Her writing spans love, life, mythology, environment, depression and surviving trauma.
Originally from the deep woods, this fiery redhead now makes home in Stockholm, Sweden, where you might normally run into her dancing the night away in one of the city’s techno clubs.
Read more at redcat.wordpress.com
-Merril D Smith
is a historian and poet. She lives in southern New Jersey, where she is inspired by her walks along the Delaware River. She’s the author of several books on history, gender, and sexuality. Her poetry has been published in journals and anthologies, including Black Bough Poetry, Nightingale and Sparrow, Anti-Heroin Chic, and Fevers of the Mind.
lives in Atlanta, Georgia with her two large, frightening lapdogs. A PhD in French language and literature, she has retired from teaching French to university students, as well as from fierce competition in martial arts and distance running. She has produced the chapbooks Backwards Through the Rekroy Wen, Scapes, and Postcard Poetry 2020. When she isn’t hard at work writing poems in English, she might be found reading them in French to her long-suffering grandchildren, who don’t yet speak French.
is a writer, teacher, and musician currently residing near Paris. His poetry has appeared in Lunar Poetry, PostBLANK, Paris Lit Up, The Belleville Park Pages, and Twin Pies Literary among others. His first chapbook, “The Manual” (Sweat Drenched Press, 2020), explores the space between poetry, prose, and gamebooks. He has a sweet tooth for all things experimental, modernist, and strange. Follow him on Twitter and his Bandcamp for electronic explorations.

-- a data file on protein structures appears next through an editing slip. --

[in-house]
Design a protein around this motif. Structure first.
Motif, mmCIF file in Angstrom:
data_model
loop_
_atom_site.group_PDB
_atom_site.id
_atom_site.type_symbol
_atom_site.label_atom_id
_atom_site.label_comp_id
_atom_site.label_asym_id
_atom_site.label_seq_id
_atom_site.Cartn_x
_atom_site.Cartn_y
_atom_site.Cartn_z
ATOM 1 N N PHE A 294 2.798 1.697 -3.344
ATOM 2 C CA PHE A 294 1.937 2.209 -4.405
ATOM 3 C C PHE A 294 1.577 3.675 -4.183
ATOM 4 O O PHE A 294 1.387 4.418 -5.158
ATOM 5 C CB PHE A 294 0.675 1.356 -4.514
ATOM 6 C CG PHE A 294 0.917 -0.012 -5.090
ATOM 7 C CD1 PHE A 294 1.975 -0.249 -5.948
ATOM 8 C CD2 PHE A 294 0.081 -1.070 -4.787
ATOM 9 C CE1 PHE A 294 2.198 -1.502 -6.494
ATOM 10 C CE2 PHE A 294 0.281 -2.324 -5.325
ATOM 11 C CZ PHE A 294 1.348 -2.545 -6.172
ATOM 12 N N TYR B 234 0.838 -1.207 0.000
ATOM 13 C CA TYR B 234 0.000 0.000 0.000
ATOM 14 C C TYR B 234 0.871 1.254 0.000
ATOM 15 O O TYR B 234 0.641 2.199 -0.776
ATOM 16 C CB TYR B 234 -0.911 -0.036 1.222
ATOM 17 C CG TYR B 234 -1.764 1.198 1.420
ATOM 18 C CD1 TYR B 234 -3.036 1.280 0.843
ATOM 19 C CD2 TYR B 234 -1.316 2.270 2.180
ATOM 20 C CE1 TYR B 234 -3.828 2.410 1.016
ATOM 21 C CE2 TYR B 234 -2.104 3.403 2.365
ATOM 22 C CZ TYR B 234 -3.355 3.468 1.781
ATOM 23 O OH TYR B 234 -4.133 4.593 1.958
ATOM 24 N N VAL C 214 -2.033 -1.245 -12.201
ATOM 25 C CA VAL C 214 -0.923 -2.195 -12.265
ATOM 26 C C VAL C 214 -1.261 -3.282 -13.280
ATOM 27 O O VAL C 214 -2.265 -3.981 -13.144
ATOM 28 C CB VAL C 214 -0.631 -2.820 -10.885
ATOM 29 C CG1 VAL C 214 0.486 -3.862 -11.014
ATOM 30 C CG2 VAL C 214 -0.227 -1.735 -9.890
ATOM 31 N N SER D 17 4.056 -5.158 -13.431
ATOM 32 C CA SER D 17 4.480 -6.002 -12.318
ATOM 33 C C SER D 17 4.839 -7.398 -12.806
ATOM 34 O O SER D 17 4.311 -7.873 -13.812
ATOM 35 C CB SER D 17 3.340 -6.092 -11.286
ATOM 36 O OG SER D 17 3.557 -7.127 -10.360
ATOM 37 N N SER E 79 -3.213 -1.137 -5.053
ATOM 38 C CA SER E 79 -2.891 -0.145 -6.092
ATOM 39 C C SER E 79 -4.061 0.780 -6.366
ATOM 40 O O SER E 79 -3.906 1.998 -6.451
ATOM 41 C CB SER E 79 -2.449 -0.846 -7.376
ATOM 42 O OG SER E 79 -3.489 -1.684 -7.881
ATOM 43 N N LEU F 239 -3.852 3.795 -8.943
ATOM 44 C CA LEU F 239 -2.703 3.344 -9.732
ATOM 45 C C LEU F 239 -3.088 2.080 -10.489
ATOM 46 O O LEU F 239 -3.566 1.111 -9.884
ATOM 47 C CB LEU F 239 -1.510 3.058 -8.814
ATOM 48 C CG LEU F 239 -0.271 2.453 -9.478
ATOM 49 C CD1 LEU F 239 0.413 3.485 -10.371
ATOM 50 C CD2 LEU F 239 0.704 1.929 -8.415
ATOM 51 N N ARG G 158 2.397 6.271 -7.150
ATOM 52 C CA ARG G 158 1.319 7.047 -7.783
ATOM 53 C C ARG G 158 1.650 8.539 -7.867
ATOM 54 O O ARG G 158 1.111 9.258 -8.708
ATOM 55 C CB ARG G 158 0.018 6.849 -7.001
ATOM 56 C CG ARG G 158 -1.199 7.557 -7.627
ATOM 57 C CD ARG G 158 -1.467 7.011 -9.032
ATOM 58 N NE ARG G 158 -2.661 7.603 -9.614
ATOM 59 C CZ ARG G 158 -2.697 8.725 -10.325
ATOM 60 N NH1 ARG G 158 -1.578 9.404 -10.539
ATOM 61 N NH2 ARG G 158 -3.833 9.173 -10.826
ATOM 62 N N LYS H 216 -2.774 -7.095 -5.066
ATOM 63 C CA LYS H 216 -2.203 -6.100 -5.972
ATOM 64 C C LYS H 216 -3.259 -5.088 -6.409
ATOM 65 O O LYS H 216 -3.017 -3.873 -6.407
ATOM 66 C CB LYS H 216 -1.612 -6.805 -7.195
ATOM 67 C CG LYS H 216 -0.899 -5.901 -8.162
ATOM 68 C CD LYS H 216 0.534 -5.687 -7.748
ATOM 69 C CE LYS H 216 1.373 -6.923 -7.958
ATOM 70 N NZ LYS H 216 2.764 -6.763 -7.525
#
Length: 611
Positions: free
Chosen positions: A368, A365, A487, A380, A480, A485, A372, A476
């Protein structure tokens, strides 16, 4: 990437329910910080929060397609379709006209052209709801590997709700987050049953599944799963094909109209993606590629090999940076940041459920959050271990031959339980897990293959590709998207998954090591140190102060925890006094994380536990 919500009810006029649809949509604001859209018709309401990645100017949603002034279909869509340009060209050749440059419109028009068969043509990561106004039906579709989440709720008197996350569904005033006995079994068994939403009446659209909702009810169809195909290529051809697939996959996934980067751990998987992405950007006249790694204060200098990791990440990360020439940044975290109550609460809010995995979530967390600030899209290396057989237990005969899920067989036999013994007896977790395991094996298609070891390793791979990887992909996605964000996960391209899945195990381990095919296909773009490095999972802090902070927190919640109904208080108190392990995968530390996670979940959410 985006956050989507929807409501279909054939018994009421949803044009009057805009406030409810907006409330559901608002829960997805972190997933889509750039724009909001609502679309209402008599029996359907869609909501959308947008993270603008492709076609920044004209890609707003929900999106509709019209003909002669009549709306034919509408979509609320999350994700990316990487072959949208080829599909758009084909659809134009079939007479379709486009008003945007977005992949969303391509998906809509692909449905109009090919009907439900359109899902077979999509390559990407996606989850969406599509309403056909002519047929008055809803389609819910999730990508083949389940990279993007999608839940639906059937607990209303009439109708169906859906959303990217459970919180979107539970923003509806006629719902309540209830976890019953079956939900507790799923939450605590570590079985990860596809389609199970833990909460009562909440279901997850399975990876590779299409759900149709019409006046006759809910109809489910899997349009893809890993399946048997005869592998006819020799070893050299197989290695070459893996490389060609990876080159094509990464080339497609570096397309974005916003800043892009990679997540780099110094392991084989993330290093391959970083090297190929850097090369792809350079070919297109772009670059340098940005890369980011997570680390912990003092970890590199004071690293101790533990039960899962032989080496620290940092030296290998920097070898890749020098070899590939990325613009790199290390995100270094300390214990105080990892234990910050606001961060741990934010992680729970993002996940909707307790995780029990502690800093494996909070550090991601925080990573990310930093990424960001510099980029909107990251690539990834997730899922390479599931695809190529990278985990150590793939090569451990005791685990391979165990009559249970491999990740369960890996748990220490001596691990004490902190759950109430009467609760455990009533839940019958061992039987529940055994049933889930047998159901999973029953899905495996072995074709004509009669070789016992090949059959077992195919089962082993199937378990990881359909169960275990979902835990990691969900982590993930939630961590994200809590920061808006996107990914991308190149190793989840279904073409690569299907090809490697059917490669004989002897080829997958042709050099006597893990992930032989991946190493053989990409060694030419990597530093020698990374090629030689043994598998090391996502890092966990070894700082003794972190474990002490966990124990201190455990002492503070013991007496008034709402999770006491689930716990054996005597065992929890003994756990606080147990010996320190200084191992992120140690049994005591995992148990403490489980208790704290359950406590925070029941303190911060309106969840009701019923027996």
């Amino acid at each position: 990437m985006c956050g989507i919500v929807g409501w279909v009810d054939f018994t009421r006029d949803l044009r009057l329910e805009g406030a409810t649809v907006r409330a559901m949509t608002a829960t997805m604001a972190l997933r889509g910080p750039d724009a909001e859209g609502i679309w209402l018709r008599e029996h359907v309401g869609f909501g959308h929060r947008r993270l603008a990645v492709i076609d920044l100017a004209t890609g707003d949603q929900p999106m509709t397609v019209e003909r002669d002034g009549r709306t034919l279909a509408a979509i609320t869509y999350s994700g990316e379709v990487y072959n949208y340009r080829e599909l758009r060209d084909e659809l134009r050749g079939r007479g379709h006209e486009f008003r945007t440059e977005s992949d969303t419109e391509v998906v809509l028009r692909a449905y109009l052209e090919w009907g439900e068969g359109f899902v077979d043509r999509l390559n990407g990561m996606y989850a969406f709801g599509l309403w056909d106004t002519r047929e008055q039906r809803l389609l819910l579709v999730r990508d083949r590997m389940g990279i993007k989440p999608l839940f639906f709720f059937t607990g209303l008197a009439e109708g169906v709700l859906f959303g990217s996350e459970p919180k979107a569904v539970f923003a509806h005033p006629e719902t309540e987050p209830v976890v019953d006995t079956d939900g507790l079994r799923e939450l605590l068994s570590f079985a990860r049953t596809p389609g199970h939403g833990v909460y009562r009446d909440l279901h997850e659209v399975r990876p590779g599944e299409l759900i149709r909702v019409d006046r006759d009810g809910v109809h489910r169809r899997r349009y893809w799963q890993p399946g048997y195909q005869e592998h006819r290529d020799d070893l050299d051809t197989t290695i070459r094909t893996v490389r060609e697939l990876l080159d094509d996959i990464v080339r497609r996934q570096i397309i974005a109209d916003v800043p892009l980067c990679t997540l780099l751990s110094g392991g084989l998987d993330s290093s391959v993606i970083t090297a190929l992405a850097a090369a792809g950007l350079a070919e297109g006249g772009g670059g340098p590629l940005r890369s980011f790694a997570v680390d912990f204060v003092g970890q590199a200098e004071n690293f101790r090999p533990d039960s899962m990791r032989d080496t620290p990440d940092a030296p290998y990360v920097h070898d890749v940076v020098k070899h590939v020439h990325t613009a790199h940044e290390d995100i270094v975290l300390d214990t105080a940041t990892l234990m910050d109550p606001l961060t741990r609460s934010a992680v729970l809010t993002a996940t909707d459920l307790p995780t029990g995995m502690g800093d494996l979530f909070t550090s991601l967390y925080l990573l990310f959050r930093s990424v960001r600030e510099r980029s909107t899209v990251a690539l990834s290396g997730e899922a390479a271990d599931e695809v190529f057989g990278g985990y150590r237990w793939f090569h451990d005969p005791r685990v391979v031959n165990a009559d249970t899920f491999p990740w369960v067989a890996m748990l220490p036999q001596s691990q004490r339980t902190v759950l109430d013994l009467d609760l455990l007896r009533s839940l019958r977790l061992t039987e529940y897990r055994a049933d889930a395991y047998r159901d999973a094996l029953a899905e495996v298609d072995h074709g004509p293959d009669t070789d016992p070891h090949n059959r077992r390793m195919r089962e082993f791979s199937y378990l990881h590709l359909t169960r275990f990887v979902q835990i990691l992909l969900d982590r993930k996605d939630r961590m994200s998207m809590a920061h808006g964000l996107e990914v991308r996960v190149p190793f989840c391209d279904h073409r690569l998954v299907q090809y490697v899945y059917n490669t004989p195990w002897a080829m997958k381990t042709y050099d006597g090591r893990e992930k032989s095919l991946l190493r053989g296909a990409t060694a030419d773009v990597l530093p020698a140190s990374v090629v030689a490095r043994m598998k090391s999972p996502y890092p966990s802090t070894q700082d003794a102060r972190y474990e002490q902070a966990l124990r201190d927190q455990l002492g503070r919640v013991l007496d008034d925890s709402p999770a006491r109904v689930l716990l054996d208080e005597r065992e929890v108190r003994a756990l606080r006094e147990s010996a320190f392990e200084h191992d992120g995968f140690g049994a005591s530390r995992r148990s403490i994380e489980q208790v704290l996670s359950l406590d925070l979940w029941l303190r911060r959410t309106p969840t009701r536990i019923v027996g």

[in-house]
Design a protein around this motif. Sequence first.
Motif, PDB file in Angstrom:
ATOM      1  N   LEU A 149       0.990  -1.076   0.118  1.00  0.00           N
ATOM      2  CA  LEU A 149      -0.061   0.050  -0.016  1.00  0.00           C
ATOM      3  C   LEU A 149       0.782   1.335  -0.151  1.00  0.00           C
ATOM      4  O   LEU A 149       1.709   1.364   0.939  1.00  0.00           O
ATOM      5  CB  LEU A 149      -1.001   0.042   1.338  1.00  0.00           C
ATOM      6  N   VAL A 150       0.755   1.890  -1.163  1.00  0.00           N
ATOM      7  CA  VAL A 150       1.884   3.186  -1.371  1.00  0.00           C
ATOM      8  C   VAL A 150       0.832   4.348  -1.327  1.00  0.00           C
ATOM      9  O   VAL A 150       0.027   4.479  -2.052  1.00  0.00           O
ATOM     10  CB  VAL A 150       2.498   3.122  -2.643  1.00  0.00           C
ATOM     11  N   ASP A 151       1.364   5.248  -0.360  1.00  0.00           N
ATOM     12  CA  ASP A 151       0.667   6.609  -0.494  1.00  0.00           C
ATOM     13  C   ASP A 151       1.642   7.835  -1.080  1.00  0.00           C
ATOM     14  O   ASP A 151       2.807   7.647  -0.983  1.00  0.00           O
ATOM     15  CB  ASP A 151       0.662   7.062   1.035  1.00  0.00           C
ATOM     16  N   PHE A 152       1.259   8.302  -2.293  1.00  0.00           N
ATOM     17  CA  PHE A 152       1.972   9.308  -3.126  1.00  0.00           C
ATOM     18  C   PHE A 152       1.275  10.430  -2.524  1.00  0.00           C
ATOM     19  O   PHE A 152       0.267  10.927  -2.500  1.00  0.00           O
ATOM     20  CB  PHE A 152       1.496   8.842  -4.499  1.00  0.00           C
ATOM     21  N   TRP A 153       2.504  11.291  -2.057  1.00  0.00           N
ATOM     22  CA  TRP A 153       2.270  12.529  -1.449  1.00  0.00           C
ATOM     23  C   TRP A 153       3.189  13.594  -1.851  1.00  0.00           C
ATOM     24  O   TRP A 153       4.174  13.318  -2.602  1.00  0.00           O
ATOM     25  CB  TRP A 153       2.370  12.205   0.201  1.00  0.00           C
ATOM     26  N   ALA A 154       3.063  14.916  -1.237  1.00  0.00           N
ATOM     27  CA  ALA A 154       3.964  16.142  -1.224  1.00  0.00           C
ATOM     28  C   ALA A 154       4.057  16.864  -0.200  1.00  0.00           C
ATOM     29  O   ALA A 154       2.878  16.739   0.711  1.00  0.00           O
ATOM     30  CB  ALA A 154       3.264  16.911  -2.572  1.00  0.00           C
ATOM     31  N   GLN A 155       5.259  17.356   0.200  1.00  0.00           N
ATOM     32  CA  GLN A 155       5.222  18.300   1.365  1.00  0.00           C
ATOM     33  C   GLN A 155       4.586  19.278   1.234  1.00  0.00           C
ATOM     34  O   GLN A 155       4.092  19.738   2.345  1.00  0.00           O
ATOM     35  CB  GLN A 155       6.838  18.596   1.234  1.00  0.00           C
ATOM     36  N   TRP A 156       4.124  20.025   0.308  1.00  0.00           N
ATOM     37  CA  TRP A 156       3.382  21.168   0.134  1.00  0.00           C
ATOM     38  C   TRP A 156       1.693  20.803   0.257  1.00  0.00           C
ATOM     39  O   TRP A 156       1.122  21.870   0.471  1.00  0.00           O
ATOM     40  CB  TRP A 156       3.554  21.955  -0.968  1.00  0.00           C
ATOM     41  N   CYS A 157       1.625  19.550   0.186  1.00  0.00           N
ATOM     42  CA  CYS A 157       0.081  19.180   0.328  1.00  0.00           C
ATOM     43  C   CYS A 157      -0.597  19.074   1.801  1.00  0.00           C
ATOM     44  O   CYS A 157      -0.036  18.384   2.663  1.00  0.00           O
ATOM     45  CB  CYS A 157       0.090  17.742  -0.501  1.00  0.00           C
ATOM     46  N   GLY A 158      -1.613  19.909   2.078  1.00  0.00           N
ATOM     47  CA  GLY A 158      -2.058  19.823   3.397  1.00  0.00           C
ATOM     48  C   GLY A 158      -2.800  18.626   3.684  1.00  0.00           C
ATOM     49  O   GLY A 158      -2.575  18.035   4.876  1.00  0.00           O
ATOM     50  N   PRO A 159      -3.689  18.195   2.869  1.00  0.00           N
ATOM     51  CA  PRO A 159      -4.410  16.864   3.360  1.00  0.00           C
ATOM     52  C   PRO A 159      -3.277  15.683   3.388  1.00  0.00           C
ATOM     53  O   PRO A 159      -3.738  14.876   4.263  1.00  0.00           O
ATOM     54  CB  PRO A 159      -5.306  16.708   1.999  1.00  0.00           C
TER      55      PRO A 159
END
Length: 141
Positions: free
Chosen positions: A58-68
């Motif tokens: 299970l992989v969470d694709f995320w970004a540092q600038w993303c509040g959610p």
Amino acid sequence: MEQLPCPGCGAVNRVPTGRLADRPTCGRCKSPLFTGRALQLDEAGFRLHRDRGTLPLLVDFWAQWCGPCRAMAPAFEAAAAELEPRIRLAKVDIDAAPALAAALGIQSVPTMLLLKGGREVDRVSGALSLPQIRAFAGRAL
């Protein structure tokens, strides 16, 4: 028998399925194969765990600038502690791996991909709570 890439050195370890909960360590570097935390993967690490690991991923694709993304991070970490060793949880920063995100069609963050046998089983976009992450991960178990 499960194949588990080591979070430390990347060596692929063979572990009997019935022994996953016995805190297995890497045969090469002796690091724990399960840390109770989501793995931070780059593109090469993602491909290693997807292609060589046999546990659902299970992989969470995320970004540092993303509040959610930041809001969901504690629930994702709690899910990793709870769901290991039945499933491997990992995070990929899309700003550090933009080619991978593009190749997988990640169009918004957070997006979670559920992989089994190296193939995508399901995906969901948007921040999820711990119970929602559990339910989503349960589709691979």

Born in County Down, Joy has studied, mothered and worked in Scotland since 1980. Brief excursions to follow her heart, back to NI mid-1990’s and England for first round Covid-lockdown ’19, Joy is currently back living in Glasgow. Joy’s first poem was accepted as part of the C. S. Lewis themed Poetry Jukebox curation A Deeper Country in Belfast in 2019. This poem, Ricochet was published in The Poets’ Republic Issue 8 Autumn 2020. A love of reading poetry is now accompanied by sporadic writing of poetic lines which spill out as an apparent by-product of processing dark and sorrowful days.
is an English poet based in Barcelona. Her work has featured in Popshot, Black Bough Poetry, AIOTB, Ink, Sweat and Tears, and The Blue Nib, among other publications. She received her first Pushcart Prize Nomination and performed at the Cheltenham Poetry Festival. She tweets at @hilaryotto
is an old poet living in Mumbles on The Gower. He does most of his writing from his beach hut at Rotherslade – still waiting for the blue plaque